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Bridge: Jan. 7, 2023

“Simple Saturday” columns focus on basic technique and logical thinking.

Old burglars never die; they just steal away. Dummy play has a psychological element as well as a technical element. A good declarer knows ways he may steal a trick with deceptive play.

Against today’s 3NT, West leads the deuce of spades. South wins with the queen, but the defenders threaten to set up three spade tricks to go with their two red-suit aces. If South leads a diamond next, West may rise with his ace to continue spades. South will have only eight tricks, and the defense can cash spades when West takes the ace of hearts.


Declarer’s best chance is a touch of larceny. At Trick Two he leads the ten of hearts, faking a finesse. If West plays low, South switches to diamonds to set up nine tricks in time.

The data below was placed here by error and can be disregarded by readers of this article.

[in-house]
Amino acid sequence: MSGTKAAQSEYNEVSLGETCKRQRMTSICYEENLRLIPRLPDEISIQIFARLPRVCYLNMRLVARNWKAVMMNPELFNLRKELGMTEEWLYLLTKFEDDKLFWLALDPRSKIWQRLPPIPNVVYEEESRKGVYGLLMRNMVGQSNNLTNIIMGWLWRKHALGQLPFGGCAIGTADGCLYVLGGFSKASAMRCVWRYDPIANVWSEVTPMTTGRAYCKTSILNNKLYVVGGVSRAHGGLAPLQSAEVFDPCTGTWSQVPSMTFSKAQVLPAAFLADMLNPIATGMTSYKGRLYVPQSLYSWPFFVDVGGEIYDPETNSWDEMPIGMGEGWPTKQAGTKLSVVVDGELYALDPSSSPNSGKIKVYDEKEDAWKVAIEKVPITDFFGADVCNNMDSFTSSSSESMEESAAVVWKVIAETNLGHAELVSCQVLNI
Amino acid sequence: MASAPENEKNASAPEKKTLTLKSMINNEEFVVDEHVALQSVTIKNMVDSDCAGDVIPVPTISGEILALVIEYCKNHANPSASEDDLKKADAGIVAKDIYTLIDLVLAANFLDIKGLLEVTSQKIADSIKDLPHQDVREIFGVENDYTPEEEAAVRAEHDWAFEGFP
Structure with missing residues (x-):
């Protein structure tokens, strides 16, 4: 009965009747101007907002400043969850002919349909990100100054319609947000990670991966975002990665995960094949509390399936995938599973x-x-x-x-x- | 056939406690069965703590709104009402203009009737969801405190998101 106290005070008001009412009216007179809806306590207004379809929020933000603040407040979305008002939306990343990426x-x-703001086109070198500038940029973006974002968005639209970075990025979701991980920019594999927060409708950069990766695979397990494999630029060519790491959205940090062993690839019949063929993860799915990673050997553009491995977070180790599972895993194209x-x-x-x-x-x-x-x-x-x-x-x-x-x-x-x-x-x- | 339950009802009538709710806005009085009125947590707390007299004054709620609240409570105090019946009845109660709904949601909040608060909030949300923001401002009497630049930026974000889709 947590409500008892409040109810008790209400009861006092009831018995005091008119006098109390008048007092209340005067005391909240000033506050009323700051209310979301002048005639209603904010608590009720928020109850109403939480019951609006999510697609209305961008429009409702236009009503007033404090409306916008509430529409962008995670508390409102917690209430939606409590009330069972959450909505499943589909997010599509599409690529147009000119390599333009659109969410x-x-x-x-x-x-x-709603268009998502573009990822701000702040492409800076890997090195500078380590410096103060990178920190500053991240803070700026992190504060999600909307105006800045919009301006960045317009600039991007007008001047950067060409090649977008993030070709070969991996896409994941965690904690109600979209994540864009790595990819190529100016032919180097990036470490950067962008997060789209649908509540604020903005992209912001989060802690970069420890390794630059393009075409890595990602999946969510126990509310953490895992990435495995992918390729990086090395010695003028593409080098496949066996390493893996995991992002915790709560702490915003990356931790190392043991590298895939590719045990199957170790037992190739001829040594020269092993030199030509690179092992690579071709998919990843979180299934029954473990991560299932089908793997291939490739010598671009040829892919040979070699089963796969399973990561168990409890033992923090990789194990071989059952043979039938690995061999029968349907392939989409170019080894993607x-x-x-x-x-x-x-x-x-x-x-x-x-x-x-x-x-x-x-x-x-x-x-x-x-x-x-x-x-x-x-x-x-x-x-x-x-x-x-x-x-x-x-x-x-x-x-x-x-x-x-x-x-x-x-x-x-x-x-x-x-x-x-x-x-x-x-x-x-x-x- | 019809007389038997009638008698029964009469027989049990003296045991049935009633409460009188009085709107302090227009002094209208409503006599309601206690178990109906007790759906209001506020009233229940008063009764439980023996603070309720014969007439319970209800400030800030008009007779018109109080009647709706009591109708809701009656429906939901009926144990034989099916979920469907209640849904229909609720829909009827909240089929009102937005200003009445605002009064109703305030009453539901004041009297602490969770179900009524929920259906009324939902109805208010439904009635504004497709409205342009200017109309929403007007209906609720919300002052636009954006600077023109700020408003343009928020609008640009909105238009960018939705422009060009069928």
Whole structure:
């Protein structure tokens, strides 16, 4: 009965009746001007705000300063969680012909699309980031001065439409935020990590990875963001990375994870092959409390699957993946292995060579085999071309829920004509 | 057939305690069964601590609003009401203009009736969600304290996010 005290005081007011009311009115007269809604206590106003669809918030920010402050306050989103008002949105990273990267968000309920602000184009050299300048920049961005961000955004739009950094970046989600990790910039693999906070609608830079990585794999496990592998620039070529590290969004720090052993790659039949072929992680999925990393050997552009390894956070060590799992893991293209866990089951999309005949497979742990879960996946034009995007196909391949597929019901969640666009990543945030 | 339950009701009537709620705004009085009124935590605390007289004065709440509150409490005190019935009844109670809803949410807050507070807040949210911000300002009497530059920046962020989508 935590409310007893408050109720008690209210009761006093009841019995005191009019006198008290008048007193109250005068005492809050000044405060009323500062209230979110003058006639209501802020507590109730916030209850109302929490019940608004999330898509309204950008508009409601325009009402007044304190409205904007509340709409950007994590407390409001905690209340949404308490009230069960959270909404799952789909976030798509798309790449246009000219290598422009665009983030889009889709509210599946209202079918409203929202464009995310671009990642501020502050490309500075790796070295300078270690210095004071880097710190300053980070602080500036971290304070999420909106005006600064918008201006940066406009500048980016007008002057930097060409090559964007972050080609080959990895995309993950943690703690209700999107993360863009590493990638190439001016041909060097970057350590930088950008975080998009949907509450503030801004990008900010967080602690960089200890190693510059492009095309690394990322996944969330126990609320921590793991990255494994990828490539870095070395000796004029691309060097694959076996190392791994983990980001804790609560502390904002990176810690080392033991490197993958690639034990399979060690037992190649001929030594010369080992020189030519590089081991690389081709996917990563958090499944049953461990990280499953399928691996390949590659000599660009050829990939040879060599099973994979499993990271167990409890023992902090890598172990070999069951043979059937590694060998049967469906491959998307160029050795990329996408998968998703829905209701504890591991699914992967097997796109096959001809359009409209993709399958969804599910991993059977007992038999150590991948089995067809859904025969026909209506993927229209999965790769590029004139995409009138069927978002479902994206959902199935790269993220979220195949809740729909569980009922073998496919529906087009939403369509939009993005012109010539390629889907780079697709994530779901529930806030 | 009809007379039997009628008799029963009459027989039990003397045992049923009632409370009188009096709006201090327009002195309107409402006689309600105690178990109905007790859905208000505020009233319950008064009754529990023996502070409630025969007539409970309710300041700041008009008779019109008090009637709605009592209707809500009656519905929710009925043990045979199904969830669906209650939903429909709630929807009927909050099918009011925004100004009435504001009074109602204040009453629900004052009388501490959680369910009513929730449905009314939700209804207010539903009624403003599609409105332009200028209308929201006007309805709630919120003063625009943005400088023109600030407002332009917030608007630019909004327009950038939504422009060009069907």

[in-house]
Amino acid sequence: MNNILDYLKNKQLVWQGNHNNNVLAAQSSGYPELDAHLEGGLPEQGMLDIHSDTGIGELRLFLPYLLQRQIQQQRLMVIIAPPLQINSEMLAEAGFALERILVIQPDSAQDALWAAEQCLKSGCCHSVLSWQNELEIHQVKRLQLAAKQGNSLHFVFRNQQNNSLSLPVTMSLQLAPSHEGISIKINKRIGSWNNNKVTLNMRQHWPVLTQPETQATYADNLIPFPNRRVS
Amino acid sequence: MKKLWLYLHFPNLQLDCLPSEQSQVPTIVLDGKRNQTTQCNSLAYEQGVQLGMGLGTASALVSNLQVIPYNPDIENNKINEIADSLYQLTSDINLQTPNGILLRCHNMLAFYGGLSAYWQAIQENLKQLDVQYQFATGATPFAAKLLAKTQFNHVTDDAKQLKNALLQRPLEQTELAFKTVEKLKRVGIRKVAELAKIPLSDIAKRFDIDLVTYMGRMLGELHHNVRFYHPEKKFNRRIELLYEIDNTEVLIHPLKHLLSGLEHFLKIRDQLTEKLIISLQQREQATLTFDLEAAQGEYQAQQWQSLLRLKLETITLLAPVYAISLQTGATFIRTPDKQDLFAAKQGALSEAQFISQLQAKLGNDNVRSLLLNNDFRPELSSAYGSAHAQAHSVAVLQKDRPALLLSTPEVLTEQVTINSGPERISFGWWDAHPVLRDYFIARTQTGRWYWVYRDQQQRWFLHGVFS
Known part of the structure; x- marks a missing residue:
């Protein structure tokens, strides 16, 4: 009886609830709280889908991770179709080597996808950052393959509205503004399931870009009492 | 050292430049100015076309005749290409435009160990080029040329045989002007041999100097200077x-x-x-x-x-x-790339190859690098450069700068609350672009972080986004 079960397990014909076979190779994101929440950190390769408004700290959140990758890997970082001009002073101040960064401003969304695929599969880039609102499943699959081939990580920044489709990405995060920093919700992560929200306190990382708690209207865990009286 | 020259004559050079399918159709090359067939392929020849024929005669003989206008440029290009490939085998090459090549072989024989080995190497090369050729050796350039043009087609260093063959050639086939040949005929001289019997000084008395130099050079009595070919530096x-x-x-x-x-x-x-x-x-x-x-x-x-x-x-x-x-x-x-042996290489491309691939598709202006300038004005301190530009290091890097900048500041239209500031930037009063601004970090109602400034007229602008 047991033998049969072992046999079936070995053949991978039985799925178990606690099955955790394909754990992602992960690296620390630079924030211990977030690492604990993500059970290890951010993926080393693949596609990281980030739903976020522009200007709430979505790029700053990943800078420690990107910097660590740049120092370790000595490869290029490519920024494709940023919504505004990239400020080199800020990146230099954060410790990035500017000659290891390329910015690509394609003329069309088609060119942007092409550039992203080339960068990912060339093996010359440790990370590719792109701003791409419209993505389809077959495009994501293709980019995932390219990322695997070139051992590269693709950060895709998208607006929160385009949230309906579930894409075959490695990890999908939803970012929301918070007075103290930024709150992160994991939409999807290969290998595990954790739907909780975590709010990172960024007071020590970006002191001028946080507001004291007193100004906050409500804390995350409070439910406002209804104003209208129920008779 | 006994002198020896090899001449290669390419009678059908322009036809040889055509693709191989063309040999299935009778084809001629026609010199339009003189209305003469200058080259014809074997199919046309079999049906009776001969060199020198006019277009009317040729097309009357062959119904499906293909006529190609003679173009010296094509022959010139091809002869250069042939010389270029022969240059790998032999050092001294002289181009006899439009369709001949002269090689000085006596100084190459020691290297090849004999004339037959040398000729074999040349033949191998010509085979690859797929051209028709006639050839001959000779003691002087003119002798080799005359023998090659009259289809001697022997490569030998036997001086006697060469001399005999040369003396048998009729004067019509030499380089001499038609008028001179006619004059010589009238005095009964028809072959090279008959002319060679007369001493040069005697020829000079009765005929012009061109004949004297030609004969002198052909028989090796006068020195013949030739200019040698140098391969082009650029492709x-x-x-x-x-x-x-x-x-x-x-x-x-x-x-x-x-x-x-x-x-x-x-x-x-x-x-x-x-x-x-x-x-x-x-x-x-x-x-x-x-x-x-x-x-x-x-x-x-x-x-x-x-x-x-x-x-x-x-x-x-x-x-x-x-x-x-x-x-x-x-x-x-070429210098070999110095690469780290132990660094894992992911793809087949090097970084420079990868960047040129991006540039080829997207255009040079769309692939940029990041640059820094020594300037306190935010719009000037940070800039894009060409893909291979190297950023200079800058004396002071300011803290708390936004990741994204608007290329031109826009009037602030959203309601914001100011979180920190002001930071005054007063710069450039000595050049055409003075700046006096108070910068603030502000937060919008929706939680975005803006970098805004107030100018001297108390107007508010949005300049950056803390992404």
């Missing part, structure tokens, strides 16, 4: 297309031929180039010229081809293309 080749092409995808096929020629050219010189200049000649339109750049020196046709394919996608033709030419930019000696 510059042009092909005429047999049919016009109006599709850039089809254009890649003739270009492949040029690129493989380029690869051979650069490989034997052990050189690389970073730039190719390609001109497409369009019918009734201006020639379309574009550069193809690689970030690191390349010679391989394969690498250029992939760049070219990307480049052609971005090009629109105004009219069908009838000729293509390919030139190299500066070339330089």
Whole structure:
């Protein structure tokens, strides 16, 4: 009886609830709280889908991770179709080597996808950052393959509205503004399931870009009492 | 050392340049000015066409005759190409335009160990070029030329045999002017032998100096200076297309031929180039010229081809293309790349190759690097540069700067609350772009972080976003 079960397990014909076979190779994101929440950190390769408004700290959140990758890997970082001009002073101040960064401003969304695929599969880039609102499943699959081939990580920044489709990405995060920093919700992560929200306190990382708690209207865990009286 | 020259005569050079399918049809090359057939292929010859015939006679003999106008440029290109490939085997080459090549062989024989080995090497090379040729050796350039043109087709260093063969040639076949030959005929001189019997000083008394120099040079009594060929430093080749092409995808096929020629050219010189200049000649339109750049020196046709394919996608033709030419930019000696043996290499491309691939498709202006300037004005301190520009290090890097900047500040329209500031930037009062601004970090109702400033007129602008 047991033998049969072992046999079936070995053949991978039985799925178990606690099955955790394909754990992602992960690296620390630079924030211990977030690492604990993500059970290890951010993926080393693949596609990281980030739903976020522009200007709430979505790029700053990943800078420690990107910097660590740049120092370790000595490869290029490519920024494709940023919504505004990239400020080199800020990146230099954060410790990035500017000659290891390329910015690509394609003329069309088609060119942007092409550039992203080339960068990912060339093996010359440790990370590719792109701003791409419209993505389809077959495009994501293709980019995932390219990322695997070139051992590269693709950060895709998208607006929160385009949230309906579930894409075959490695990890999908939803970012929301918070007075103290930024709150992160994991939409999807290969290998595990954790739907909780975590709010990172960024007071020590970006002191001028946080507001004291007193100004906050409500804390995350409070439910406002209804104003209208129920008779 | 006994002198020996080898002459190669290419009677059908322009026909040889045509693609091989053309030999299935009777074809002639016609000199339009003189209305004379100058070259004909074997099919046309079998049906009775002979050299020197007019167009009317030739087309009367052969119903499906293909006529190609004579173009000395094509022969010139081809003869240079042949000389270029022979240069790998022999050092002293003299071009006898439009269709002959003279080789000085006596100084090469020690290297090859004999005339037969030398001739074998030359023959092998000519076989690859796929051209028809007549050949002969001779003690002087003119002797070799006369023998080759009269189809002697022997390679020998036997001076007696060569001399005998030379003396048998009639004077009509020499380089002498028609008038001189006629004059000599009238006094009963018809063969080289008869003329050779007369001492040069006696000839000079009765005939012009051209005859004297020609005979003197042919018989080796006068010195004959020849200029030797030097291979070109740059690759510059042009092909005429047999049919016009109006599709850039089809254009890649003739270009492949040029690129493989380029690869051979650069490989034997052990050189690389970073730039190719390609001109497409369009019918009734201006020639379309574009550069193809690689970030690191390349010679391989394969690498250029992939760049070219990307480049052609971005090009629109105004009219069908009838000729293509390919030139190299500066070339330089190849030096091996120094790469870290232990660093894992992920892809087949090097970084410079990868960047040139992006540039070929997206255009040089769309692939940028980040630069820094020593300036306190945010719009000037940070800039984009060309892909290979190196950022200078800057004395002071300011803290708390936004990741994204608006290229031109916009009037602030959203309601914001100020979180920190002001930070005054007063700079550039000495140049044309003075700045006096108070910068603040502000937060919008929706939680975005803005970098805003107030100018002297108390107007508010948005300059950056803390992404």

Should West be fooled? I think not. West has 13 high-card points. South opened 1NT and accepted North’s invitation to game. East is most unlikely to have the queen of hearts.


You hold: S A Q H Q 10 7 3 D Q 10 4 2 C A K 4. The dealer, at your right, opens one heart. What do you say?

ANSWER: The textbook call is 1NT, showing the same type of hand as a 1NT opening bid but with a stopper in opener’s suit. Many players would choose that call. Some would avoid overcalling 1NT with only 15 or 16 points (to reduce the chance of a heavy penalty). If the opponents are vulnerable, I would accept a pass, hoping to penalize them.

South dealer

N-S vulnerable


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S 6 3

H K J 5

D K J 7 6 3

C 9 6 5


S K 8 5 2

H A 8 4

D A 8

C Q 8 7 3


S J 10 9 7 4

H 9 6 2

D 9 5

C J 10 2



H Q 10 7 3

D Q 10 4 2

C A K 4

South West North East
1 NT Pass 2 NT Pass
3 NT All Pass
Opening lead — S 2

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